As published in the Journal Science, MIT engineers have achieved “Mutual control of coherent spin waves and magnetic domain walls in a magnonic device.” In other words, we’re closer now to using magnetic waves in computing. That translates to less electricity and less heat through spin waves.
Spin waves are bursts of energy with small wavelengths that throw off magnons. They’re not particles like electrons but they can be measured
We’ve seen spintronic devices before the work by measuring magnetic spin-wave properties and setting up a correlation to a computation function. But the process required electrical currents that caused signal noise and rendered the equation essentially moot.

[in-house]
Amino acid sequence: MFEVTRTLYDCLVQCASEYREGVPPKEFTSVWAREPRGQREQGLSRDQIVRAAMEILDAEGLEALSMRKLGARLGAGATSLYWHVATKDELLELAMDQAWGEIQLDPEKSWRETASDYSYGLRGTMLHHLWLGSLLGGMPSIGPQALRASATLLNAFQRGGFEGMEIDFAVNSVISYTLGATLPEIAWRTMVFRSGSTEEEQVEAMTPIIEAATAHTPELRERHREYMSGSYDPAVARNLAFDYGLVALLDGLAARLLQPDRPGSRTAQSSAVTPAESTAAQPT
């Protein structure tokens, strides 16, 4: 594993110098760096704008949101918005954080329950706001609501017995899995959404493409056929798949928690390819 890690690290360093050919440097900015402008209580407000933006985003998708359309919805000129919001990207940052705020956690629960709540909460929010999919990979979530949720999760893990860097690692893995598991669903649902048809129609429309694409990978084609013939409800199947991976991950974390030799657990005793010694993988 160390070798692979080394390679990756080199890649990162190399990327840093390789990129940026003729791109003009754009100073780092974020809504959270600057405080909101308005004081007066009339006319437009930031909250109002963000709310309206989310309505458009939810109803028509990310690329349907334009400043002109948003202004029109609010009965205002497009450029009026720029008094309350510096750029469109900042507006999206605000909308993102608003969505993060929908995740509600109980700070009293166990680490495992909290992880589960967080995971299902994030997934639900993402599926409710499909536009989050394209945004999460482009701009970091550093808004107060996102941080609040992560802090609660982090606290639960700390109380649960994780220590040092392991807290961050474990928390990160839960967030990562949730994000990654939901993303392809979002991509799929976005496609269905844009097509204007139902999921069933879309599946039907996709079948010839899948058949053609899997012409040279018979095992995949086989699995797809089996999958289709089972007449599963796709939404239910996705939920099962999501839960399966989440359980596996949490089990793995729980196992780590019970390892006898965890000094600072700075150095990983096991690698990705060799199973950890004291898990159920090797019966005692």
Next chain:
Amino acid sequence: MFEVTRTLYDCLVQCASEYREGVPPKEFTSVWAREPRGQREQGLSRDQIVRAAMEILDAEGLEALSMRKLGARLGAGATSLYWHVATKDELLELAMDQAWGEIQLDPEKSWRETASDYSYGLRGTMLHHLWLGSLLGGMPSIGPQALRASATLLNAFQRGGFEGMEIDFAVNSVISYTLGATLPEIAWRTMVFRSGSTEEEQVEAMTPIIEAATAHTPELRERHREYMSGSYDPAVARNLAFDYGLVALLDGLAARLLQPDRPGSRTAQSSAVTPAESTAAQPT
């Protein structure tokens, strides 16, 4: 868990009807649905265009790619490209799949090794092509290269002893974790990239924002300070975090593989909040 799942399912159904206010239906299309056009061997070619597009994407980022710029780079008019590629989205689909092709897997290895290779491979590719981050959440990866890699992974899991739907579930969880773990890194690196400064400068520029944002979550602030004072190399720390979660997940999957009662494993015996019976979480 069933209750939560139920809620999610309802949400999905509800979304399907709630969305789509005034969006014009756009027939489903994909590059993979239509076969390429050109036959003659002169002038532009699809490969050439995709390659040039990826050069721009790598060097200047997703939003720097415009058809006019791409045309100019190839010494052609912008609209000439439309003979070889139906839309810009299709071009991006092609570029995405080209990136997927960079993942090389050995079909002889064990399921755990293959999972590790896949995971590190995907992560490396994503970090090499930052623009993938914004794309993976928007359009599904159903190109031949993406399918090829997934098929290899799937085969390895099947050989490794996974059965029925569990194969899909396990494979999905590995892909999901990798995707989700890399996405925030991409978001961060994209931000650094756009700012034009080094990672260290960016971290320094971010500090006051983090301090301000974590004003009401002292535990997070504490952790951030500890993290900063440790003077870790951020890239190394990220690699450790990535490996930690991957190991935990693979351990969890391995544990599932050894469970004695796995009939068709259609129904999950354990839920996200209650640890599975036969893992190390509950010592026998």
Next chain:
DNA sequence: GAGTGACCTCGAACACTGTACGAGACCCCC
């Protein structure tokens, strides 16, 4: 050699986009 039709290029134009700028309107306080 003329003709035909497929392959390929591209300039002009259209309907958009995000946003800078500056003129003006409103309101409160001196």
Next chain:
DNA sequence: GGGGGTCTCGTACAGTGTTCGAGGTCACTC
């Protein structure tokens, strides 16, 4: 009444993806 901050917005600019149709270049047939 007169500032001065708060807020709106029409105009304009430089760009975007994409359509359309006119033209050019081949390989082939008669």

MIT engineers overcame past obstacles by created a circuit architecture that uses a nanometer-wide domain wall in layered nanofilms of magnetic material to change the spin-wave as it passes. This eliminated the need for components and the electrical current, and allowed researcher to create two changing spin waves that correlate with 1s and 0s.
“People are beginning to look for computing beyond silicon. Wave computing is a promising alternative,” says Luqiao Liu, a professor in the Department of Electrical Engineering and Computer Science (EECS) and principal investigator of the Spintronic Material and Device Group in the Research Laboratory of Electronics said in a press release highlighting the work. “By using this narrow domain wall, we can modulate the spin-wave and create these two separate states, without any real energy costs. We just rely on spin waves and intrinsic magnetic material.”